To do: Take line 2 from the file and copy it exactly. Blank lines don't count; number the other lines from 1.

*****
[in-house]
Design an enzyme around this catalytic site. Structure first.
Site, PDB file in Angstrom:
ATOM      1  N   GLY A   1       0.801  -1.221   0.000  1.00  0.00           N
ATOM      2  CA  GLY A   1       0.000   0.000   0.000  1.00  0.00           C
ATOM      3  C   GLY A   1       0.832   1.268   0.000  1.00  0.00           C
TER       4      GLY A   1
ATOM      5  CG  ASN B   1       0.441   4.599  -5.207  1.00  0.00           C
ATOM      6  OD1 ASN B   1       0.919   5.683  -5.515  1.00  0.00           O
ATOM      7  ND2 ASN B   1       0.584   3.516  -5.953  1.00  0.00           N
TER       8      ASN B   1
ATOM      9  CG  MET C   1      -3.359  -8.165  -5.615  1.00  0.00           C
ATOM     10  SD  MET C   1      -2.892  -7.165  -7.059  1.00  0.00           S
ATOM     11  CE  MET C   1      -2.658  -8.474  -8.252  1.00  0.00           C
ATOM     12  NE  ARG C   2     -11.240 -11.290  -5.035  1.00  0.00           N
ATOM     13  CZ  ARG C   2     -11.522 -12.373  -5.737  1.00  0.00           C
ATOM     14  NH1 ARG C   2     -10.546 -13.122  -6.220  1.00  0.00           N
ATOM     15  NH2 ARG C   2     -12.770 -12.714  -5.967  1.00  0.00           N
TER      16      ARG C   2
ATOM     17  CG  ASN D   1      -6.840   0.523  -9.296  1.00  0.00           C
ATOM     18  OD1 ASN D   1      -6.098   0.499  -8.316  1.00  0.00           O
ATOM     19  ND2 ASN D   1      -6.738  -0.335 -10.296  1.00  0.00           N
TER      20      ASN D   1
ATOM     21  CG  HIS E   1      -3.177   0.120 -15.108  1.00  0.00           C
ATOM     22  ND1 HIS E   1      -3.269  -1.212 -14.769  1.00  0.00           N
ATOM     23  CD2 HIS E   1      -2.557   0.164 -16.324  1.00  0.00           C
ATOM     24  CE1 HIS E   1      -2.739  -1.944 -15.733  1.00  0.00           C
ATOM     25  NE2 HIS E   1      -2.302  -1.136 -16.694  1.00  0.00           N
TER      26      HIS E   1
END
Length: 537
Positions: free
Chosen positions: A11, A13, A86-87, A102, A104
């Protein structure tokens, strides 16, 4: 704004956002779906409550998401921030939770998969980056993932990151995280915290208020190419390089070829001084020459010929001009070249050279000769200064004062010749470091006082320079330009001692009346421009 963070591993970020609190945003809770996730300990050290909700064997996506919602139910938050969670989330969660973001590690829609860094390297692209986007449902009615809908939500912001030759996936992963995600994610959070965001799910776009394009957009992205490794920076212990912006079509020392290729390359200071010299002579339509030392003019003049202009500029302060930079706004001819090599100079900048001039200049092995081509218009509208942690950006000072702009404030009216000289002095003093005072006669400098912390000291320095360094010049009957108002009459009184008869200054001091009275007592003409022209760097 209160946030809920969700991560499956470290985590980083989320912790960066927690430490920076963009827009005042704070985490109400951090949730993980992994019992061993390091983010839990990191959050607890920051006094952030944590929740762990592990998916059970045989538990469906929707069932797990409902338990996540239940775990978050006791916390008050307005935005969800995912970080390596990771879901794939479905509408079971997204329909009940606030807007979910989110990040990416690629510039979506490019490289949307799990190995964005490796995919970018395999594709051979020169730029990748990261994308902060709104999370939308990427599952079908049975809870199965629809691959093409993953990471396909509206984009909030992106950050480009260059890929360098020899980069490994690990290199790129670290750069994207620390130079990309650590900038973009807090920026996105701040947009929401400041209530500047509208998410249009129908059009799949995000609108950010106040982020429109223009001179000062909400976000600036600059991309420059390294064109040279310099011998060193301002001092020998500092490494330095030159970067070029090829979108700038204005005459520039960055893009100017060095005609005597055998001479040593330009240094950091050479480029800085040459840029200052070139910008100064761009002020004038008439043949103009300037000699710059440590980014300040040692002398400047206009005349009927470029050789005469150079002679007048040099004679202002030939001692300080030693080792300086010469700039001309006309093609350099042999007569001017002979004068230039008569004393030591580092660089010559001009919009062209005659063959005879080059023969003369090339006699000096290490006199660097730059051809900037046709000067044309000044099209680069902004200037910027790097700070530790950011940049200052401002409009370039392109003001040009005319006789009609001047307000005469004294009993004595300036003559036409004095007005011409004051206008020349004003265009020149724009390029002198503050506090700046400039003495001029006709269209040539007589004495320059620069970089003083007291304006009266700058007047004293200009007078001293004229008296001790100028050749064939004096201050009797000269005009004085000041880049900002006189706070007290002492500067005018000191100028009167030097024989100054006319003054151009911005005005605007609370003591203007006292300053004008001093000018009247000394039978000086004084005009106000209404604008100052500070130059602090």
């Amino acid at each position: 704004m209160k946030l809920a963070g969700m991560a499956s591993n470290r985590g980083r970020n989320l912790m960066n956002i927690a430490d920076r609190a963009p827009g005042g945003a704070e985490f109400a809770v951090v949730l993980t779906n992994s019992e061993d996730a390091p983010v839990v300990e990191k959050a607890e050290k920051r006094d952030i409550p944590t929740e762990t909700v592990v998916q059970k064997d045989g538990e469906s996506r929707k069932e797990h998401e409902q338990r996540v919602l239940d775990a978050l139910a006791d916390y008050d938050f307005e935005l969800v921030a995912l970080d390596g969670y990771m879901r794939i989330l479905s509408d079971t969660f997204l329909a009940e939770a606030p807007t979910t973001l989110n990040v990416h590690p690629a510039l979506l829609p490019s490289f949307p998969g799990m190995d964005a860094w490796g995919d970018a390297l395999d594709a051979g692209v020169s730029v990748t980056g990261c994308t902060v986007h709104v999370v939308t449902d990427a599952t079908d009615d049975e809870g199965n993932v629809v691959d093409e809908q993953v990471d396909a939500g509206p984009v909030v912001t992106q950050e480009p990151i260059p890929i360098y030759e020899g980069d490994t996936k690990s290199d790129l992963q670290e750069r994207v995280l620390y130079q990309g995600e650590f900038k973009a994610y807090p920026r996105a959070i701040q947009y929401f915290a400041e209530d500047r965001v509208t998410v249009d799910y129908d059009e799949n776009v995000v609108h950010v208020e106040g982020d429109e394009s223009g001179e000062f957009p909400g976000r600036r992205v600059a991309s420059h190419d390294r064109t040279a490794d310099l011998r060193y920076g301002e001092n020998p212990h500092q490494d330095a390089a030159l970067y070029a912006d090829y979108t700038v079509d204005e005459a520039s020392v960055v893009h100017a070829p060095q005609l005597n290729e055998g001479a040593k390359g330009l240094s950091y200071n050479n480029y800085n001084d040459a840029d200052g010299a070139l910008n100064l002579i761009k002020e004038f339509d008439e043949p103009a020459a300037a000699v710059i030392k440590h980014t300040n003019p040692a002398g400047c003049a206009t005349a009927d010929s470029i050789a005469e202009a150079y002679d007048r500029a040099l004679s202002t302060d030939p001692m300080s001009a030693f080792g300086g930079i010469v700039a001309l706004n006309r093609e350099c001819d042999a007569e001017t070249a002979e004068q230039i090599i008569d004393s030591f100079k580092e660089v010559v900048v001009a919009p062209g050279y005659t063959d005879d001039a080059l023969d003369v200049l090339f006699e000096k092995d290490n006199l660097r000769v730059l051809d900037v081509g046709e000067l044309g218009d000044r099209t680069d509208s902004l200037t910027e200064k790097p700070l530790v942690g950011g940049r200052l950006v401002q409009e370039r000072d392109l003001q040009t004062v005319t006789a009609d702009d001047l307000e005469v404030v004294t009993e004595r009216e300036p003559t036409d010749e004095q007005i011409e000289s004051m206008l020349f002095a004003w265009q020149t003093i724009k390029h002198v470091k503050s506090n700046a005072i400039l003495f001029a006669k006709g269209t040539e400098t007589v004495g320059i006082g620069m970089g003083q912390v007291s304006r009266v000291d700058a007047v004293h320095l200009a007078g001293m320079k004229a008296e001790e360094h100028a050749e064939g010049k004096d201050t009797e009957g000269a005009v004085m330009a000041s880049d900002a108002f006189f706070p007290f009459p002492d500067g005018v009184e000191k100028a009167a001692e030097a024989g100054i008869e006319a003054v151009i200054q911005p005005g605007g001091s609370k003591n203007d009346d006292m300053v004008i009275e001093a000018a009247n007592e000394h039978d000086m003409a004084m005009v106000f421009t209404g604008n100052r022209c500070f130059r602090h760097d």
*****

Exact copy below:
Design an enzyme around this catalytic site. Structure first.